Laborers need effective protection
Stand around in the Central Texas sun for even a few minutes, and you’ll work up a sweat. Moving around in the summer heat is brutal.
The heat is a potential killer that mercilessly targets those whose jobs involve strenuous physical labor. Over the past two weeks, Austin City Council members have been asked to pass an ordinance mandating water and rest breaks for construction crews. The council responded to the plea by asking the city’s legal department to draft an ordinance.
While no one can credibly argue with council intent, moving unilaterally toward adding another enforcement responsibility onto a limited number of city inspectors or some other arm of the city work force can be questioned. Also subject to question is whether the council has explored alternatives to action that might align the city with the Arizona legislature.
In adopting their tough law cracking down on illegal immigration, Arizona officials said the federal government isn’t doing enough to enforce its own immigration laws.
Council Member Bill Spelman, who sponsored the resolution calling on the legal department to draft an ordinance that won’t run afoul of federal law, adopted that argument. Inspectors from the federal Occupational Safety and Health Administration do not regularly visit construction sites, Spelman said, “but if we could have local laws that mirror the federal laws, we could enforce those.”
Moving the city into augmenting federal construction worker protection laws is new territory, said state and federal officials contacted by the American-Statesman’s Juan Castillo. OSHA requires that water be provided at construction sites but does not require rest breaks. State law doesn’t require breaks. Common sense does.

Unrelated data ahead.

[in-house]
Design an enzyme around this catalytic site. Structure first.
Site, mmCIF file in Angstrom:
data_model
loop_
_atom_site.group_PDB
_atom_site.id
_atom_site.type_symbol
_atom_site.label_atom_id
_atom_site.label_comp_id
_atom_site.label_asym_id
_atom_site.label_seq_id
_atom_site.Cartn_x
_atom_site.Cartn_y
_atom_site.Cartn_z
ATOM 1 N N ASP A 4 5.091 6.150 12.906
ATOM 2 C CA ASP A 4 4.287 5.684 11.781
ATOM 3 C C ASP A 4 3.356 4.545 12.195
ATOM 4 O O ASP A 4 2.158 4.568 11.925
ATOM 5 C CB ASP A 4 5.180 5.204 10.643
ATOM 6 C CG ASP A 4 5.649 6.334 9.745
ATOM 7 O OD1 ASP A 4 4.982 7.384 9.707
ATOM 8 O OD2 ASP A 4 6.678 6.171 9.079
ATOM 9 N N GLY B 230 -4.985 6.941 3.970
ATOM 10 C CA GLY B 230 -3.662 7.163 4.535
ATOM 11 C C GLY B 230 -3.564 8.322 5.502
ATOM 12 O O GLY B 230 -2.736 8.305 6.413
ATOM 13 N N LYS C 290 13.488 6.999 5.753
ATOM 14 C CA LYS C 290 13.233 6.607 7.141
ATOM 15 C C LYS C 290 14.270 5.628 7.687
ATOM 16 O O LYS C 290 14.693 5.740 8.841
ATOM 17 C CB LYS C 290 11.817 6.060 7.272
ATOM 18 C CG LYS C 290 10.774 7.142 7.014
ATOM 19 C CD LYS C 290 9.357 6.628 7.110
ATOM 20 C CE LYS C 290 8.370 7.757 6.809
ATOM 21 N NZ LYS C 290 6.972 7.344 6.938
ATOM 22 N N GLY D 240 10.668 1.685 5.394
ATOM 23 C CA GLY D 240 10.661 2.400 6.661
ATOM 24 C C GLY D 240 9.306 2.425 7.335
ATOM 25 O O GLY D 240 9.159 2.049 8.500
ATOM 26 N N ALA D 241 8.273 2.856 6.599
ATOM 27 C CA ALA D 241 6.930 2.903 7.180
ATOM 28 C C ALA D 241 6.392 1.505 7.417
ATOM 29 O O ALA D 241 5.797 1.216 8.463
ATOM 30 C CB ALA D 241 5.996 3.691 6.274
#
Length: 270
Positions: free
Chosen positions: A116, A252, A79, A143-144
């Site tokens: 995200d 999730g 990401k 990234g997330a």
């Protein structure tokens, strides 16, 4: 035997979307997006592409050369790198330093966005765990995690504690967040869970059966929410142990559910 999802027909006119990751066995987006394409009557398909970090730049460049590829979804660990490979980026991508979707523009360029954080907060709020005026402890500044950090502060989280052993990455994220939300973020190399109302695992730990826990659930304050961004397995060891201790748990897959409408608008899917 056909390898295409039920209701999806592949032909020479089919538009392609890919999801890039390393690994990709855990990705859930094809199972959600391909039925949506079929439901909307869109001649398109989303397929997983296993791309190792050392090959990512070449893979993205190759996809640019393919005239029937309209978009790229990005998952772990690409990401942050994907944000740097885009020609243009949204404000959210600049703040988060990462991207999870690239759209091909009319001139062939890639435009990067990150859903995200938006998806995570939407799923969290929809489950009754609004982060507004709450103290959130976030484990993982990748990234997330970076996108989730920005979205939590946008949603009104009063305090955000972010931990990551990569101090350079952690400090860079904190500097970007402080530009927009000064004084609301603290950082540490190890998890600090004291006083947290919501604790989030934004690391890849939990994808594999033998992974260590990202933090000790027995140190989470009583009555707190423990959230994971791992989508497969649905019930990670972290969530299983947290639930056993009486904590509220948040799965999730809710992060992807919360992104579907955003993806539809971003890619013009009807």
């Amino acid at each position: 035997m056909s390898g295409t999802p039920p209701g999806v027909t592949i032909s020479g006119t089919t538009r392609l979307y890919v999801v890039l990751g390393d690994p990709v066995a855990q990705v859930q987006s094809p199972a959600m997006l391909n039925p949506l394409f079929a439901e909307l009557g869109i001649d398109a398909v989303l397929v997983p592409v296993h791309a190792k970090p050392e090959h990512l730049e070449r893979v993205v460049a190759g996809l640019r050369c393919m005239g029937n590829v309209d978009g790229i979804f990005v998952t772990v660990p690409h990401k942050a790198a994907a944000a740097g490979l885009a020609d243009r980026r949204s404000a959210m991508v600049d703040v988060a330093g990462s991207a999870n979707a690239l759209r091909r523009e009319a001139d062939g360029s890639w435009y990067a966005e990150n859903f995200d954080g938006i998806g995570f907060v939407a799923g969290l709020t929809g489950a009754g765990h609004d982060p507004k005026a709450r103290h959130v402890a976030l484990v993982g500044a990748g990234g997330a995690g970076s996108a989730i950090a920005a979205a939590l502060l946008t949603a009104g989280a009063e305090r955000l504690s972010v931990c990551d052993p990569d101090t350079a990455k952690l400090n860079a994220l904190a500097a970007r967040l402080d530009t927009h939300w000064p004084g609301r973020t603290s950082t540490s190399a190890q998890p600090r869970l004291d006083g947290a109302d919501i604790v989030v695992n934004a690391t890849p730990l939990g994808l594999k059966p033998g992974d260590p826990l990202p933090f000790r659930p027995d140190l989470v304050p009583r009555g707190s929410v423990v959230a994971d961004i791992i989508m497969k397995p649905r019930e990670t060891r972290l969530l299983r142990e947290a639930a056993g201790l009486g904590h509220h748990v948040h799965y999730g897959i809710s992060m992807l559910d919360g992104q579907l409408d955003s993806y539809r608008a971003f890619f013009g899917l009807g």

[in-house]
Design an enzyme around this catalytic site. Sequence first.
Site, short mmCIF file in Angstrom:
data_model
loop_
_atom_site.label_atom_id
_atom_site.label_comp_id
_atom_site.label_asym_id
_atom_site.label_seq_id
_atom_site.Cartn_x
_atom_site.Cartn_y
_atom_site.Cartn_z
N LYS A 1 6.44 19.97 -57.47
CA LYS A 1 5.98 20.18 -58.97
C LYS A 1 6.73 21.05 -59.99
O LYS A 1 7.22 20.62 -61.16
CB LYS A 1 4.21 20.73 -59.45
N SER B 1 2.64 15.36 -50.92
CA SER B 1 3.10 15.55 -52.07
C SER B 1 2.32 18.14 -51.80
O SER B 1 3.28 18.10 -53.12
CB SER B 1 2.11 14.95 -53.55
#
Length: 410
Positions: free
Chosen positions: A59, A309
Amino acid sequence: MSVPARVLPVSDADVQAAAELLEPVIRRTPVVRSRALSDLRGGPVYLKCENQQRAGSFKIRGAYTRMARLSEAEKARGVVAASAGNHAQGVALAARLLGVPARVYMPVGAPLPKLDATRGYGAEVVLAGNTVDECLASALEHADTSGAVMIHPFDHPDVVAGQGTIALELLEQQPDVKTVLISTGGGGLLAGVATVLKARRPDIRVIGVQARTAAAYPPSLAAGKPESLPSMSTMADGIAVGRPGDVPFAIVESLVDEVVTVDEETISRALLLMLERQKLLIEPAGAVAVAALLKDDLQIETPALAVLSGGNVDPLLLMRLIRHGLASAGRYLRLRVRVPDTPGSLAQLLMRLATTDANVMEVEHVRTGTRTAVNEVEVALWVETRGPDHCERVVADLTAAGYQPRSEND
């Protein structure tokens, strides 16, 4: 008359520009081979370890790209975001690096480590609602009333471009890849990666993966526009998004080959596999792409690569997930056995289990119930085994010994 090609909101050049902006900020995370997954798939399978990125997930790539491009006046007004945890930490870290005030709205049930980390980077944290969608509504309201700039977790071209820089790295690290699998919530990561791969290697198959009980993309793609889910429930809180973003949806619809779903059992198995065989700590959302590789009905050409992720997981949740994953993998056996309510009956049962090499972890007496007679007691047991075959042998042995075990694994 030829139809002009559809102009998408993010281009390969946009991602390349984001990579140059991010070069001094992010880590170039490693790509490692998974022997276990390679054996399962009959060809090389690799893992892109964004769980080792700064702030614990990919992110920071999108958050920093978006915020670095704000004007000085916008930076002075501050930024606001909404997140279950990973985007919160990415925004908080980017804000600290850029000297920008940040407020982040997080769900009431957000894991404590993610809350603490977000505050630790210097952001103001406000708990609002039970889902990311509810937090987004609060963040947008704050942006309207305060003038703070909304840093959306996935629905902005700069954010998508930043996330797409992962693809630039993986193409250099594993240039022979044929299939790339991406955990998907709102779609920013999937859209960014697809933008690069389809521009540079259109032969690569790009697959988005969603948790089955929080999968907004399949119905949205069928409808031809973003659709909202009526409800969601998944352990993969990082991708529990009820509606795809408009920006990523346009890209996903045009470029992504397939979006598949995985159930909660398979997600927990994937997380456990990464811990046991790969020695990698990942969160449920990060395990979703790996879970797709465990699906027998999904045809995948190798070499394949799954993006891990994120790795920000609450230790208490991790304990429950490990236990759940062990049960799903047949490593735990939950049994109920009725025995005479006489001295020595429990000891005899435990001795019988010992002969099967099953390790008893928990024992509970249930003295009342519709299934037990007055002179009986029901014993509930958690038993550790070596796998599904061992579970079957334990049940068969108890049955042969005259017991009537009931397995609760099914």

As a practical matter, said Harry Savio of the Home Builders Association of Greater Austin, construction crews who are denied drinking water and rest breaks won’t be productive. That same point is made in a report released by the Workers Defense Project in 2009.
Though industry representatives disputed some of the findings, there is at least general agreement that mistreating workers impedes productivity. Even so, the Workers Protection Project report cites instances of workers being denied rest breaks and water.
Pushing the city into this new territory invites a challenge from industry and perhaps even state and federal governments. A successful challenge would imperil future worker protection efforts. So before rushing into an ordinance, council members should follow up on suggestions made in January when the staff tackled this issue originally.
After meeting with contractors and worker advocates earlier this year, city staffers produced a couple of documents outlining suggestions but offering few firm conclusions. Here’s one:
“The use of safety equipment and rest breaks are already governed by OSHA re- quirement, which precludes additional action by the city,” a municipal report dated Jan. 27 reads.
A mention is made of asking the federal agency for more inspectors. Another avenue that stops short of adopting an ordinance that begs either contractors or the federal government to challenge it would be to urge contractors to draw up worker protection guidelines and follow them.
One solid recommendation that came out of the meetings early this year is for the city to practice what it preaches on public works projects and set an example.
This is no inconsequential concern. Construction is one of the city’s top 10 industries, employing 50,000 Austin residents. Those who build homes and offices that shelter us from the elements deserve respect and protection from abuse.
Good intentions must be matched with effective action, though. Passing an ordinance and hoping for the best won’t provide construction workers the respect and protection they deserve.
Daniel Contreras takes a break from his construction job downtown. The Austin City Council is exploring drafting an ordinance that would require rest and water breaks for construction workers.